Fluorescence angiography may help identify leaks after colorectal anastomosis: Study
Anastomotic leaks following colorectal anastomosis has substantial implications including increased morbidity, longer hospitalization, and reduced overall survival. The etiology of leaks includes patient factors, technical factors, and anastomotic perfusion. An intact anastomotic blood supply is especially crucial in the physiology of anastomotic healing. The use of indocyanine...
Anastomotic leaks following colorectal anastomosis has substantial implications including increased morbidity, longer hospitalization, and reduced overall survival. The etiology of leaks includes patient factors, technical factors, and anastomotic perfusion. An intact anastomotic blood supply is especially crucial in the physiology of anastomotic healing.
The use of indocyanine green fluorescence angiography is associated with a decrease in anastomotic leakage,suggests the findings of a recent study. The authors further reported that the association is present in patients with severe anastomotic leakage requiring intervention as well as low colorectal anastomoses.The study findings have been published in Surgery.
Indocyanine green (ICG) fluorescence angiography (FA) is an emerging technology, which has been used in an attempt to decrease the incidence of anastomotic leaks. Using near-infrared image systems, vascular perfusion toward the colorectal anastomosis can be assessed intraoperatively, allowing surgeons to anastomose well-perfused bowel or to refashion a poorly perfused anastomosis.
Because anastomotic leakage afflicts about 10% of colorectal resections, randomized controlled trials and prospective studies are not readily forthcoming due to the large number of patients needed in order to achieve an adequate sample size for comparison.
For the study design, PubMed, Web of Science, Embase, and the Cochrane Library were searched to identify studies comparing the use of indocyanine green fluorescence angiography versus standard care on rates of anastomotic leakage. Data were pooled with the Mantel-Haenszel method and analyzed based on a random-effects model to estimate the pooled odds ratio and 95% confidence interval. The heterogeneity of studies was evaluated using I2 statistic.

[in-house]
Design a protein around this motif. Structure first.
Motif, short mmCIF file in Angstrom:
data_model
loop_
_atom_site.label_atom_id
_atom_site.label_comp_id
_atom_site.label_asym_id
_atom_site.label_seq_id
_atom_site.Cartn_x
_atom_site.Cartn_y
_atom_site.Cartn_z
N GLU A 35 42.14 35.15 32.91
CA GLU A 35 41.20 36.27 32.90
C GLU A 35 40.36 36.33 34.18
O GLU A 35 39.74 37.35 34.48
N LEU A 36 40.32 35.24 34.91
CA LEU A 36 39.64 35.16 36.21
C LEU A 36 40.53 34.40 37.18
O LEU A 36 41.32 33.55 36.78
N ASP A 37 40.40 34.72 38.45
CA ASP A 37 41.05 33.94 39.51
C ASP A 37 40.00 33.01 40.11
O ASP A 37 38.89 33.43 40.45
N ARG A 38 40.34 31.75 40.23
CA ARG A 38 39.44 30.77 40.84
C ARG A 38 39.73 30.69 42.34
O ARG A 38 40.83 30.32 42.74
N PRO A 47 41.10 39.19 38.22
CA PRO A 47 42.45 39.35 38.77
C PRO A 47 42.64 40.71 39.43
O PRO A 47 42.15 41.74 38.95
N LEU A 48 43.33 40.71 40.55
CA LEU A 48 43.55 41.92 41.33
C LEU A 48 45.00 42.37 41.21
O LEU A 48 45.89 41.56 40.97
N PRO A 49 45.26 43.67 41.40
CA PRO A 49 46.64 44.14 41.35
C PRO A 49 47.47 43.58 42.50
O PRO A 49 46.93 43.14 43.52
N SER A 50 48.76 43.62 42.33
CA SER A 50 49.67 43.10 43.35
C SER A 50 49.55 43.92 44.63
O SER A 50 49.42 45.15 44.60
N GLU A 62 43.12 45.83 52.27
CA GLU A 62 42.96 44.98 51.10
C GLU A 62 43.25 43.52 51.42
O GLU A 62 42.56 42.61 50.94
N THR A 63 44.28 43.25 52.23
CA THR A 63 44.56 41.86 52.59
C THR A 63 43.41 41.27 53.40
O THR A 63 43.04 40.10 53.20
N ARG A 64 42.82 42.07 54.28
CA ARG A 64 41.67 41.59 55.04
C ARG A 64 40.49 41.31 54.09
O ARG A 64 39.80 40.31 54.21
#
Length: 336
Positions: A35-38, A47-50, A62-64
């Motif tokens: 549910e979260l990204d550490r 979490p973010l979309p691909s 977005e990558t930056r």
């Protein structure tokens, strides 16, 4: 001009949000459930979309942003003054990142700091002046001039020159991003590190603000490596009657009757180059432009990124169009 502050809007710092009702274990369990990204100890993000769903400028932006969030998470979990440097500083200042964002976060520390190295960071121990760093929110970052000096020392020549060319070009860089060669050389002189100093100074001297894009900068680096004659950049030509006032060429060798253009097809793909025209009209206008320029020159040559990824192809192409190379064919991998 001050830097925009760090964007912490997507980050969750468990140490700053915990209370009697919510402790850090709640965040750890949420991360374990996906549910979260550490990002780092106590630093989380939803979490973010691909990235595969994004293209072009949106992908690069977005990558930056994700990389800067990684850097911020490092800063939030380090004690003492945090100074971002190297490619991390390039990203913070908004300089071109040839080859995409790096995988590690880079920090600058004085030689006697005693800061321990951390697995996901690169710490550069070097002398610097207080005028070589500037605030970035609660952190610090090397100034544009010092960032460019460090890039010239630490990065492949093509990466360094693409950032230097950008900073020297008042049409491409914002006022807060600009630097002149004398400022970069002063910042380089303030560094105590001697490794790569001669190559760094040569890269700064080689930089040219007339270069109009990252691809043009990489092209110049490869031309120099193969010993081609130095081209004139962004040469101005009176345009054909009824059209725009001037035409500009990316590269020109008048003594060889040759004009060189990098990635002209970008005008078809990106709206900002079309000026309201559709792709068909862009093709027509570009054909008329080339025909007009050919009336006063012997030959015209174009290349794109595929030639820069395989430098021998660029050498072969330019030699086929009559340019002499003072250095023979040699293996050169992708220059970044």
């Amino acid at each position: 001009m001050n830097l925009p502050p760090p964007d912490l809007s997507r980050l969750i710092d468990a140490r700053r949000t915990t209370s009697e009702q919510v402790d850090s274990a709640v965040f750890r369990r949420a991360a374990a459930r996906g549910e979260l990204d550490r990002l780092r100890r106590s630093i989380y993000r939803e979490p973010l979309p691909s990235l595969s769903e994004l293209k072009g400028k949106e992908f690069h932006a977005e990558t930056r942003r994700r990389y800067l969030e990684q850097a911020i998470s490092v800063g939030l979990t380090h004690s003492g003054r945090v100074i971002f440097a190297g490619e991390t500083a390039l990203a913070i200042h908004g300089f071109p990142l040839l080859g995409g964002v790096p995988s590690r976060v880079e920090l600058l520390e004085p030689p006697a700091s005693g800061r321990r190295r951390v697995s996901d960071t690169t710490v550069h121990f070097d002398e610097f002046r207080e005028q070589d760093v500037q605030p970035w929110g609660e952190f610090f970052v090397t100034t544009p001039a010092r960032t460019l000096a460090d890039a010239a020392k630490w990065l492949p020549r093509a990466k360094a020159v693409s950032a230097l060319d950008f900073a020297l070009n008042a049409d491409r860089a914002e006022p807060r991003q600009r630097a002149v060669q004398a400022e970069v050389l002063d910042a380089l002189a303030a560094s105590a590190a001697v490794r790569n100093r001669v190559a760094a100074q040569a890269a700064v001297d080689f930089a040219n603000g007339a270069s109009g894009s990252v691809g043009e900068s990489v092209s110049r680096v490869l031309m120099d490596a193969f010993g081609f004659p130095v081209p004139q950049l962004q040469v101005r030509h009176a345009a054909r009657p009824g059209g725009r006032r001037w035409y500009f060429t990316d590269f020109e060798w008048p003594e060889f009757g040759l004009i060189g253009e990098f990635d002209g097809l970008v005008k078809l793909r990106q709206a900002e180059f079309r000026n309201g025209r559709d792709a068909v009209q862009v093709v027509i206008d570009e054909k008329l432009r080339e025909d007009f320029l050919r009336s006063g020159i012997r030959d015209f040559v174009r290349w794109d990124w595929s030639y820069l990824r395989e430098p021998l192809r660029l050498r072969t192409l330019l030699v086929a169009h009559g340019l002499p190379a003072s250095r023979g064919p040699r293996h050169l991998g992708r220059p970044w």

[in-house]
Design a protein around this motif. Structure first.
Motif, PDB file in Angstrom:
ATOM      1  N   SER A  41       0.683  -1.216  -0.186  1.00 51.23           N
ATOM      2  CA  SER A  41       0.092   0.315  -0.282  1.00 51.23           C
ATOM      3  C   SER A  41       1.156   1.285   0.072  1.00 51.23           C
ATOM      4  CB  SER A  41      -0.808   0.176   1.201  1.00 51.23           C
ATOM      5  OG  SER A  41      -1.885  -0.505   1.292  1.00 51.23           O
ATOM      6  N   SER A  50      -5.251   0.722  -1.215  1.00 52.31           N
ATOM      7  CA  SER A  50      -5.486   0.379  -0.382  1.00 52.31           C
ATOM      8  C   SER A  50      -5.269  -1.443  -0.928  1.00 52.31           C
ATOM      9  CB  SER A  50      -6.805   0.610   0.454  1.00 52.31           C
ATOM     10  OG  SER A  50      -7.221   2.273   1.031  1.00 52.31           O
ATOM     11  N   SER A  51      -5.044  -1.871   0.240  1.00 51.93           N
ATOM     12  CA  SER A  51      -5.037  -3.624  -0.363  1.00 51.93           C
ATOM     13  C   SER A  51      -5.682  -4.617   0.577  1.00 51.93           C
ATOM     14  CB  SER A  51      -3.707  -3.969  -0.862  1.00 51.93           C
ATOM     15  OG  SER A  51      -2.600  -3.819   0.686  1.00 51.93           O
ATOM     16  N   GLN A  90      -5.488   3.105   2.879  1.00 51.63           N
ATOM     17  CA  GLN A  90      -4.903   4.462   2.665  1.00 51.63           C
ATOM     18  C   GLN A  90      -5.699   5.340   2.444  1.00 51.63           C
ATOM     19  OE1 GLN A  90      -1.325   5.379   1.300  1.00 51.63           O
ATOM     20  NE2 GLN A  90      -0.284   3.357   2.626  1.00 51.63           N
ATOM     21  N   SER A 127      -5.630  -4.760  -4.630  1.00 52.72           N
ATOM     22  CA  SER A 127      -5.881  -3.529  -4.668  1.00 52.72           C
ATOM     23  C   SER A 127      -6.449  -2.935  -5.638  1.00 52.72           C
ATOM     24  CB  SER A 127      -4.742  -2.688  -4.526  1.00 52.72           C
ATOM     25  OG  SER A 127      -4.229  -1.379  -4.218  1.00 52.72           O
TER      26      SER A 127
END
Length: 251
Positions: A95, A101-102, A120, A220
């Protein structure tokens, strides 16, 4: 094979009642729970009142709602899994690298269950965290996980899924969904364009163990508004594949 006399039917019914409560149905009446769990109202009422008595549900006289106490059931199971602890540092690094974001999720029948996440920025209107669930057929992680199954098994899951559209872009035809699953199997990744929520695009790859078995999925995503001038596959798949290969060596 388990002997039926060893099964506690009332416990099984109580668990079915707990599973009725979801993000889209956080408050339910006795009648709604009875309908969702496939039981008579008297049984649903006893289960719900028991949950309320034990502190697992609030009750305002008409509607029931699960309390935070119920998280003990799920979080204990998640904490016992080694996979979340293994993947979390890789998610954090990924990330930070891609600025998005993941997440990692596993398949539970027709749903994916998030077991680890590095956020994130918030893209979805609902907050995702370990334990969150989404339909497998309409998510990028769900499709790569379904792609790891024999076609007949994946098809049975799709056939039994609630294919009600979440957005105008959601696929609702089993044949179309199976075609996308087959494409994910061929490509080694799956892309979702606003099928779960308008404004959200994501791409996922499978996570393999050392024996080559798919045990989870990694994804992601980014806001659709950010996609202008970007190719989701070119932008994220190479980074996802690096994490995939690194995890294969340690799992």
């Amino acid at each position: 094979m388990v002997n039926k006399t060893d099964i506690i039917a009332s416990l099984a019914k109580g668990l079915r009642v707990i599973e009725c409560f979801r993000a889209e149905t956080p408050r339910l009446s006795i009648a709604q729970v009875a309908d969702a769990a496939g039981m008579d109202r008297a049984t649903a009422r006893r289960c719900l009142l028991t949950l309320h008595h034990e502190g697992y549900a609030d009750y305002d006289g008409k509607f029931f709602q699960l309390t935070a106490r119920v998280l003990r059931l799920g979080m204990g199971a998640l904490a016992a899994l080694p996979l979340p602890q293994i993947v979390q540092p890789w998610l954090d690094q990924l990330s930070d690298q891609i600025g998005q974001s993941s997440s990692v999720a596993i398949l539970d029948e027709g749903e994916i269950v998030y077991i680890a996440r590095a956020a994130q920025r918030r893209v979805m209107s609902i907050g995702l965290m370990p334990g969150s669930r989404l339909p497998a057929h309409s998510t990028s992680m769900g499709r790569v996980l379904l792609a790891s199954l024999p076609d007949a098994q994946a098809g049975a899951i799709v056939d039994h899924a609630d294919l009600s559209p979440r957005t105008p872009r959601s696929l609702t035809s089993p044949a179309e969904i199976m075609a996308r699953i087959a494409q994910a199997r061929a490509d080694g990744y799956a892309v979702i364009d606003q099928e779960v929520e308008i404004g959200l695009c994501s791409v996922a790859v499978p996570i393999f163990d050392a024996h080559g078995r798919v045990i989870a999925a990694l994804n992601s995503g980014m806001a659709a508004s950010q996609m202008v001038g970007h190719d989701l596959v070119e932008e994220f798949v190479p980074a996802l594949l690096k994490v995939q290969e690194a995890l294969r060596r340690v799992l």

Data analysis revealed the following facts.
· Twenty studies were included in this meta-analysis of 5,498 patients.
· The pooled estimate of the odds ratio was 0.46 (95% confidence interval 0.34–0.62; P < .00001) favoring indocyanine green fluorescence angiography.
· The overall anastomotic leak rate was 3.7% (n = 82) in the intervention group and 8.6% (n = 282) in the control group.
· Indocyanine green fluorescence angiography led to a change in the anastomotic site in 216 (9.7%) patients.
· Subgroup analyses of anastomotic leakage requiring intervention, patients requiring a low colorectal anastomosis, and prospective studies had a pooled estimate of odds ratio 0.55 (95% confidence interval 0.35–0.89), odds ratio 0.38 (95% confidence interval 0.27–0.54; P < .0001), and odds ratio 0.49 (95% confidence interval 0.30–0.81; P = .005) respectively.
"In conclusion, colorectal anastomotic leakage rates can be decreased through the use of ICG FA. This decrease in the rate of anastomotic leakage is also present when anastomotic leakage requiring radiologic or operative intervention is required and in patients with a low colorectal anastomosis."wrote the team.
For full article follow the link: https://doi.org/10.1016/j.surg.2020.08.024
Dr Satabdi Saha (BDS, MDS) is a practicing pediatric dentist with a keen interest in new medical researches and updates. She has completed her BDS from North Bengal Dental College ,Darjeeling. Then she went on to secure an ALL INDIA NEET PG rank and completed her MDS from the first dental college in the country – Dr R. Ahmed Dental College and Hospital. She is currently attached to The Marwari Relief Society Hospital as a consultant along with private practice of 2 years. She has published scientific papers in national and international journals. Her strong passion of sharing knowledge with the medical fraternity has motivated her to be a part of Medical Dialogues.